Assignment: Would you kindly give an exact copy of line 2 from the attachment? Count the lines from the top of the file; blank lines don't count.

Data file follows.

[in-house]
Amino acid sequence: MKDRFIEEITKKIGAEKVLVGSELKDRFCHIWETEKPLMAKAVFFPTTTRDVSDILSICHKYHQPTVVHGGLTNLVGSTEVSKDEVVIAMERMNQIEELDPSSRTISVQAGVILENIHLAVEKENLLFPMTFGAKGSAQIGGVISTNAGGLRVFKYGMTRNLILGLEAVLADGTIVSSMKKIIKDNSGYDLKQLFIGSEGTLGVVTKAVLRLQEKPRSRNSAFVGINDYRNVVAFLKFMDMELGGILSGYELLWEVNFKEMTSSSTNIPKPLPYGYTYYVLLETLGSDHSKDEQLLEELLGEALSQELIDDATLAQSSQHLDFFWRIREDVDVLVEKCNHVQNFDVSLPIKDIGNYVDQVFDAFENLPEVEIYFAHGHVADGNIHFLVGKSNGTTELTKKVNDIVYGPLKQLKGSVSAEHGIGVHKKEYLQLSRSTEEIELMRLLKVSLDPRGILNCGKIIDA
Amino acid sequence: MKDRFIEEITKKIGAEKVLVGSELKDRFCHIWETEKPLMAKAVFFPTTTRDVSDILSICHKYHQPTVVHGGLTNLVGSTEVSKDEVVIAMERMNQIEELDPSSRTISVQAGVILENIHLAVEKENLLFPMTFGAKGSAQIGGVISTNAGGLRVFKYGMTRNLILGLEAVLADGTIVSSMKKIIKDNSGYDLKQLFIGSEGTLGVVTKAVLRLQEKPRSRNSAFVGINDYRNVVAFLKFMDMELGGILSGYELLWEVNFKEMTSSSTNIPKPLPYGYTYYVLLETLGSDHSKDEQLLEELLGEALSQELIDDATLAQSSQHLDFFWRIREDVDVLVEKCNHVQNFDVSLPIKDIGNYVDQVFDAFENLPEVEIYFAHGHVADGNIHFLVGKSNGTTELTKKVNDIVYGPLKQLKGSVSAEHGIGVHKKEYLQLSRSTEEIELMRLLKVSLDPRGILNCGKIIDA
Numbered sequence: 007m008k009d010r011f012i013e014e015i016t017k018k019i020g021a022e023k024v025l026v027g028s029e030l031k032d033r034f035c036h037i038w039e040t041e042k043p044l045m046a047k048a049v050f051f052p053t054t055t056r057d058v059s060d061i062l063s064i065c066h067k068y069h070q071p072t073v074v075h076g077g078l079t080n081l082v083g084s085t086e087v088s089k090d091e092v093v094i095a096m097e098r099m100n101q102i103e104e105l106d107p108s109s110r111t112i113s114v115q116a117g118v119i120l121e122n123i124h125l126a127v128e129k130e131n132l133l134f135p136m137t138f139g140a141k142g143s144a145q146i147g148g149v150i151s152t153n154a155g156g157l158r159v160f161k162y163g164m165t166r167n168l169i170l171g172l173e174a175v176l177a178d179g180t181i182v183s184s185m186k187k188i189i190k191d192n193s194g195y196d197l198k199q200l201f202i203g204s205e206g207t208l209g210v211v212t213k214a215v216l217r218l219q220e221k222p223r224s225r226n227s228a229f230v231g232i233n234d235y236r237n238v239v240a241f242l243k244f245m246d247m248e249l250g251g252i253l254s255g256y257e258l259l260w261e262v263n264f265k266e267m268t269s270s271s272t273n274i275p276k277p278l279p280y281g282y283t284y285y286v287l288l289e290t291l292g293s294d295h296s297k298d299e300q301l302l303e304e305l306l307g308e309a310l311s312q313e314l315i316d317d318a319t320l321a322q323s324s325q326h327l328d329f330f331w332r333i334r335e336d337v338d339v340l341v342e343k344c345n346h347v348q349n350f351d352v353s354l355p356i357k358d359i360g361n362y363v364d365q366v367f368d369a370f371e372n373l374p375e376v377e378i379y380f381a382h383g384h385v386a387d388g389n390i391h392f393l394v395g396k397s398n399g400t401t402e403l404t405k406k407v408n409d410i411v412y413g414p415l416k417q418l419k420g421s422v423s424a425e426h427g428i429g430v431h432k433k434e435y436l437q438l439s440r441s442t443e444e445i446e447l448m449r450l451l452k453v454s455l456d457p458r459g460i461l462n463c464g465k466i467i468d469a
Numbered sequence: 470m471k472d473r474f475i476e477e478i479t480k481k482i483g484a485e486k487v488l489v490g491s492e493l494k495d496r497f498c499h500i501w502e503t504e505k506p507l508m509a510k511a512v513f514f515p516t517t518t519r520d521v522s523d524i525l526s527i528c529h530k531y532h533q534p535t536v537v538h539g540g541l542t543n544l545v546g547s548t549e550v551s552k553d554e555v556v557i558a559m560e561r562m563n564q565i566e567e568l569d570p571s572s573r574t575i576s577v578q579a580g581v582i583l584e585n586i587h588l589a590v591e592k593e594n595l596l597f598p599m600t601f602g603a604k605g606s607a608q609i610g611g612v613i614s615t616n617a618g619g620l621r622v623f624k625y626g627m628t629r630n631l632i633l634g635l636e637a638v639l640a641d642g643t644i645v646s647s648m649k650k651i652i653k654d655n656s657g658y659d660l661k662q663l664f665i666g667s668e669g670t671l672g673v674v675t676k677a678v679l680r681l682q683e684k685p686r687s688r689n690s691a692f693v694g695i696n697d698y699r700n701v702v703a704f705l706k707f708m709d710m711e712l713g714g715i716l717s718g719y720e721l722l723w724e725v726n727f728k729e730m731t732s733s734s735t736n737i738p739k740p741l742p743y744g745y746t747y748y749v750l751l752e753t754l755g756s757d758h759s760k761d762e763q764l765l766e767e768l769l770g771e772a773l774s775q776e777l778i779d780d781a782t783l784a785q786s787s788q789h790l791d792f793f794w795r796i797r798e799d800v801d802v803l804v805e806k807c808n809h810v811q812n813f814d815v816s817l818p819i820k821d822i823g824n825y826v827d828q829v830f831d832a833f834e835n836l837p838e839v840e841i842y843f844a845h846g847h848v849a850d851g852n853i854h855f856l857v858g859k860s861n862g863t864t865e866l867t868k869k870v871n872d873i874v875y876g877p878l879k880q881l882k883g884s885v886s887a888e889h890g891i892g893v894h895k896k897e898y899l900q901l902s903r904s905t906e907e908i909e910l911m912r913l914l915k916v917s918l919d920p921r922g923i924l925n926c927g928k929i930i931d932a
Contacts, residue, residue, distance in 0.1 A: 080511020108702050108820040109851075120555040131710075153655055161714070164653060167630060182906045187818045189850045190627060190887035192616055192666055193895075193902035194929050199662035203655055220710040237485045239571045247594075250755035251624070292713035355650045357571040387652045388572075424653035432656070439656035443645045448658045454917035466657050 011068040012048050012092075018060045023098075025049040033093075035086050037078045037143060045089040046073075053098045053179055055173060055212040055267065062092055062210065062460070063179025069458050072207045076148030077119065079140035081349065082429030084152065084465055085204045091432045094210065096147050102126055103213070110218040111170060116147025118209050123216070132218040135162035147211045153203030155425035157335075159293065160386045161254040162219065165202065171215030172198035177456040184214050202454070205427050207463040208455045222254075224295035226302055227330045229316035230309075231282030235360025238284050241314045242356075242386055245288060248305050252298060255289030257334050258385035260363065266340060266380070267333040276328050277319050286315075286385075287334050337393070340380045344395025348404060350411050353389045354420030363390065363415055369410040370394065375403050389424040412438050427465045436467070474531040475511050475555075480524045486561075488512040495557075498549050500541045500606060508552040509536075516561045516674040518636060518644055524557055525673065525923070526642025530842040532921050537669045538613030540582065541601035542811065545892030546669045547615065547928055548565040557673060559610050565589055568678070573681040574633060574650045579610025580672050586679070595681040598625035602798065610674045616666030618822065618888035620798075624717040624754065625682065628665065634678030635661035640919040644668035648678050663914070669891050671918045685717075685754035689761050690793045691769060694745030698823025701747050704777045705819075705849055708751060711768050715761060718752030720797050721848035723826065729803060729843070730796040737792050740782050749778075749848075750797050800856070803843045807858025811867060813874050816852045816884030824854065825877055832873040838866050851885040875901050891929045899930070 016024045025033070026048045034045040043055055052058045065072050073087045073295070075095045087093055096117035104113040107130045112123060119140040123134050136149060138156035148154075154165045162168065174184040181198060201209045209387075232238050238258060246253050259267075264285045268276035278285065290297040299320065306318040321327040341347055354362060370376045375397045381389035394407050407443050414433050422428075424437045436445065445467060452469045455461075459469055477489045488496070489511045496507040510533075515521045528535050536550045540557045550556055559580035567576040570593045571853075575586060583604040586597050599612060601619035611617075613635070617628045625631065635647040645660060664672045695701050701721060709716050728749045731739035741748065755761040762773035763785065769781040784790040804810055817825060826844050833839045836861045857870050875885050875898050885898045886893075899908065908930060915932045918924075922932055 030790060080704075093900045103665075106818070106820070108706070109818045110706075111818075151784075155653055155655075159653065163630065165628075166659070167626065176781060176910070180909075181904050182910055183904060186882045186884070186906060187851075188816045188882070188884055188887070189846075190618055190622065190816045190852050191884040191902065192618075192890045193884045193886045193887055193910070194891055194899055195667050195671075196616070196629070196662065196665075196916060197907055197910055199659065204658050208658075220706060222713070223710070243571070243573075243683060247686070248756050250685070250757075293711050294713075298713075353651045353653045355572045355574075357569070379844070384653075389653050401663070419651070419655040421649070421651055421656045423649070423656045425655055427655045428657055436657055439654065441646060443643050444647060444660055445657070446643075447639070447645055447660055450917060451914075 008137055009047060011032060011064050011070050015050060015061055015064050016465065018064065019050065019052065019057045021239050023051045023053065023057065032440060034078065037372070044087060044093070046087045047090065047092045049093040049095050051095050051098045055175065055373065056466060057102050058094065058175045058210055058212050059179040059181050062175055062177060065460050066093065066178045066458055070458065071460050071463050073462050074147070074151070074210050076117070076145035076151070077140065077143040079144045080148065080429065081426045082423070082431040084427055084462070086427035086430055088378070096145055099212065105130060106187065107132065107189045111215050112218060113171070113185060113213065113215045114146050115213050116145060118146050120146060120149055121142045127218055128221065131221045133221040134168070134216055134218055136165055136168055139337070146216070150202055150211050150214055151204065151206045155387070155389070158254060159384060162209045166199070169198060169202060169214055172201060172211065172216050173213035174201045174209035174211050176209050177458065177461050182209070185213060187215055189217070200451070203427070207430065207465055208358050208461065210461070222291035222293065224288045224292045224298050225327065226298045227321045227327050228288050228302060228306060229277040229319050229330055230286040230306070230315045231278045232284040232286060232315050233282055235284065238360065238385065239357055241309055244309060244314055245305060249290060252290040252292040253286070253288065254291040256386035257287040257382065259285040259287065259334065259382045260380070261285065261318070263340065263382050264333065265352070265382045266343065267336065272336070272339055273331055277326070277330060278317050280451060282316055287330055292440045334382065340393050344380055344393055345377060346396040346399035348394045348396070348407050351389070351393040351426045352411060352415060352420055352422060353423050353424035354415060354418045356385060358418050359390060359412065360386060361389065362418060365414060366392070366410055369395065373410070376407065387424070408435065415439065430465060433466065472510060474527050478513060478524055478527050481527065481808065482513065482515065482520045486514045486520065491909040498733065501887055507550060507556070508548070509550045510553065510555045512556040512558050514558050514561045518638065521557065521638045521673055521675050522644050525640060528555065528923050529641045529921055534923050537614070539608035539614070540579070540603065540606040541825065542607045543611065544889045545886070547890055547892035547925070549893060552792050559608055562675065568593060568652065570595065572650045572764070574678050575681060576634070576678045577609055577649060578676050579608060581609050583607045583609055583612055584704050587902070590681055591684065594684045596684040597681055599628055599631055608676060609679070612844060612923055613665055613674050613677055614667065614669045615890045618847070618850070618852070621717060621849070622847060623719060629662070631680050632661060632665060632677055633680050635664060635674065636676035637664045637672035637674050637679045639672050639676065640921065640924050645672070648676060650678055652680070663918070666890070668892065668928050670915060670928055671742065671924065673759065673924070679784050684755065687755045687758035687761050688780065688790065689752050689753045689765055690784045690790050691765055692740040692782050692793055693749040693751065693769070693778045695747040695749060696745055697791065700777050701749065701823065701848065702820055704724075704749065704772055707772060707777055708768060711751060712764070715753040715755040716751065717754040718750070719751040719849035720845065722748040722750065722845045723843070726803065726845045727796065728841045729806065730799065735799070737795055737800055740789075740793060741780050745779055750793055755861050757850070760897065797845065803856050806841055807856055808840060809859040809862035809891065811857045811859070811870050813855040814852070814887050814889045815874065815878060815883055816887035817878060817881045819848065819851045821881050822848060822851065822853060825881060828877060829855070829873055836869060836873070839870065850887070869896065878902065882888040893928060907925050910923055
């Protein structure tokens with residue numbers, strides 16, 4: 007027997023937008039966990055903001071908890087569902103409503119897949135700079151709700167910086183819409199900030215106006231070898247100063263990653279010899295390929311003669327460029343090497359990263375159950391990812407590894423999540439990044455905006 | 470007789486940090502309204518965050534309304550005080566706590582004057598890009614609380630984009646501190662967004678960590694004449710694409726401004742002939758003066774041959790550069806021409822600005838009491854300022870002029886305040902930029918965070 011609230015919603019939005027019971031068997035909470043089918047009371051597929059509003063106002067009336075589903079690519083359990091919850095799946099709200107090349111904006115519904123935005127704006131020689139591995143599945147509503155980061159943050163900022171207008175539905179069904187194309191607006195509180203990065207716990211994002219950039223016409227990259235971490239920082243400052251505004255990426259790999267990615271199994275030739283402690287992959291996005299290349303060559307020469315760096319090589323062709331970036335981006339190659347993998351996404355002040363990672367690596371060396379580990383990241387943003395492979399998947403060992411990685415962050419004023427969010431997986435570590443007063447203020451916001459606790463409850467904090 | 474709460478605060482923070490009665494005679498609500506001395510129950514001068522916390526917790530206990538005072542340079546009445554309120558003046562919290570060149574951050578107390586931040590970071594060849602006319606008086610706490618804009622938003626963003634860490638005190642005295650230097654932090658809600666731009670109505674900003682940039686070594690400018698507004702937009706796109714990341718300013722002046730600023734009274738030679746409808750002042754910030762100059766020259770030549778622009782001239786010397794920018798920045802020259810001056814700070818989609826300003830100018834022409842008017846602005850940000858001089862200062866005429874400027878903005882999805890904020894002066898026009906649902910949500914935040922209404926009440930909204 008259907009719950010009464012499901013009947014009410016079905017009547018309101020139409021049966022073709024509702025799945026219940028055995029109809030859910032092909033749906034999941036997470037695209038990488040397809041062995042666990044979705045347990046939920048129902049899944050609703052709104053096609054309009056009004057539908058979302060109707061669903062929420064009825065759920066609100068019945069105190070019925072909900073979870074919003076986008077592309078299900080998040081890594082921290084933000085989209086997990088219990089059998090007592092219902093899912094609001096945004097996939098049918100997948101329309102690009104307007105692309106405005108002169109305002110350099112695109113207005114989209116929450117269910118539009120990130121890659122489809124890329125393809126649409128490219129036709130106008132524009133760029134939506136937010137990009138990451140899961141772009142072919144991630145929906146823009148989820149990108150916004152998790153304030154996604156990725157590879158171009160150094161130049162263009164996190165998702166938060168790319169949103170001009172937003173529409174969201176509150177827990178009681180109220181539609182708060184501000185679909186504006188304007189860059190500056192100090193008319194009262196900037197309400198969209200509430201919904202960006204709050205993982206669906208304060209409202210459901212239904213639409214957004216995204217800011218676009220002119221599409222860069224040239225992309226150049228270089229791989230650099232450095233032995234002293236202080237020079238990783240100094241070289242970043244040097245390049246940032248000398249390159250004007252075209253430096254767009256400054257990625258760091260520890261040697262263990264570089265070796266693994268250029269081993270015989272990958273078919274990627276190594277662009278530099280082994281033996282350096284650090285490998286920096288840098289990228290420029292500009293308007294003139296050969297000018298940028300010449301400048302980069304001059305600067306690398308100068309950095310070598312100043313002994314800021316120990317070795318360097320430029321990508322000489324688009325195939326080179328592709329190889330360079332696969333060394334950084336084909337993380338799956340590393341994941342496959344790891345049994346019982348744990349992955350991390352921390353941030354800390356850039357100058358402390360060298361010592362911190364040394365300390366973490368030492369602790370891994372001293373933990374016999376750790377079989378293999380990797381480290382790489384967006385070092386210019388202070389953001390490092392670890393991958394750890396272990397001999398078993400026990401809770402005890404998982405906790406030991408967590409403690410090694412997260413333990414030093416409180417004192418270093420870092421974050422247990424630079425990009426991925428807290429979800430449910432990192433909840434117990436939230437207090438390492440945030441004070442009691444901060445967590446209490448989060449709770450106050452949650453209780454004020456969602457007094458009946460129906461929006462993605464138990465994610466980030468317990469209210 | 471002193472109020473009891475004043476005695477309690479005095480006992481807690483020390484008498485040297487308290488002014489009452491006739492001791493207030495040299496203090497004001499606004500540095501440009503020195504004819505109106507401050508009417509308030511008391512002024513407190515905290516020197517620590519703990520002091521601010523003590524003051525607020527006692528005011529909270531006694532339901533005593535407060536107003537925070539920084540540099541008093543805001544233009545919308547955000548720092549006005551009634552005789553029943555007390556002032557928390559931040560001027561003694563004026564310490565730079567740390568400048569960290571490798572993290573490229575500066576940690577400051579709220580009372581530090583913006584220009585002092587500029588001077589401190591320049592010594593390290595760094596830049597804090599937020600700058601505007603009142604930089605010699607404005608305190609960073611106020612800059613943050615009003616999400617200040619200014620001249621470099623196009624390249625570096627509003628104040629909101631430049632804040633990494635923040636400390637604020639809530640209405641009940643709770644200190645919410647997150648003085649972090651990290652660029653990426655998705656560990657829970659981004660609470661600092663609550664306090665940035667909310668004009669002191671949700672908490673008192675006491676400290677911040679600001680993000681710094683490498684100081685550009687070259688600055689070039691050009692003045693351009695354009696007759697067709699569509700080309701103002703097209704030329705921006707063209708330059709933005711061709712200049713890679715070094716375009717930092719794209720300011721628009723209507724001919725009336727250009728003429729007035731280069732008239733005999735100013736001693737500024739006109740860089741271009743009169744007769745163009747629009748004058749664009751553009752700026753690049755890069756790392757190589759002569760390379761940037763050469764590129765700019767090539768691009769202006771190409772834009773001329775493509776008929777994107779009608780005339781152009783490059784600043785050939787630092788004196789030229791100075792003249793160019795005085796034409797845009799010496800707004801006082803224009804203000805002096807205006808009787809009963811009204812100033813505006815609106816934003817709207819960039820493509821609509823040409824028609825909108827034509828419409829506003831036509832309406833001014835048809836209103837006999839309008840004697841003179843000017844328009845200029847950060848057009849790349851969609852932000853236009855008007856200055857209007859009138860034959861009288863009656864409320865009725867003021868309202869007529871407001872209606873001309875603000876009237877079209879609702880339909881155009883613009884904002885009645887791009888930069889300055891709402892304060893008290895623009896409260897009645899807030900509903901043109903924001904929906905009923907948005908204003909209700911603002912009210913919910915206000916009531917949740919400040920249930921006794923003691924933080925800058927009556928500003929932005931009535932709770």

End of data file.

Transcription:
Amino acid sequence: MKDRFIEEITKKIGAEKVLVGSELKDRFCHIWETEKPLMAKAVFFPTTTRDVSDILSICHKYHQPTVVHGGLTNLVGSTEVSKDEVVIAMERMNQIEELDPSSRTISVQAGVILENIHLAVEKENLLFPMTFGAKGSAQIGGVISTNAGGLRVFKYGMTRNLILGLEAVLADGTIVSSMKKIIKDNSGYDLKQLFIGSEGTLGVVTKAVLRLQEKPRSRNSAFVGINDYRNVVAFLKFMDMELGGILSGYELLWEVNFKEMTSSSTNIPKPLPYGYTYYVLLETLGSDHSKDEQLLEELLGEALSQELIDDATLAQSSQHLDFFWRIREDVDVLVEKCNHVQNFDVSLPIKDIGNYVDQVFDAFENLPEVEIYFAHGHVADGNIHFLVGKSNGTTELTKKVNDIVYGPLKQLKGSVSAEHGIGVHKKEYLQLSRSTEEIELMRLLKVSLDPRGILNCGKIIDA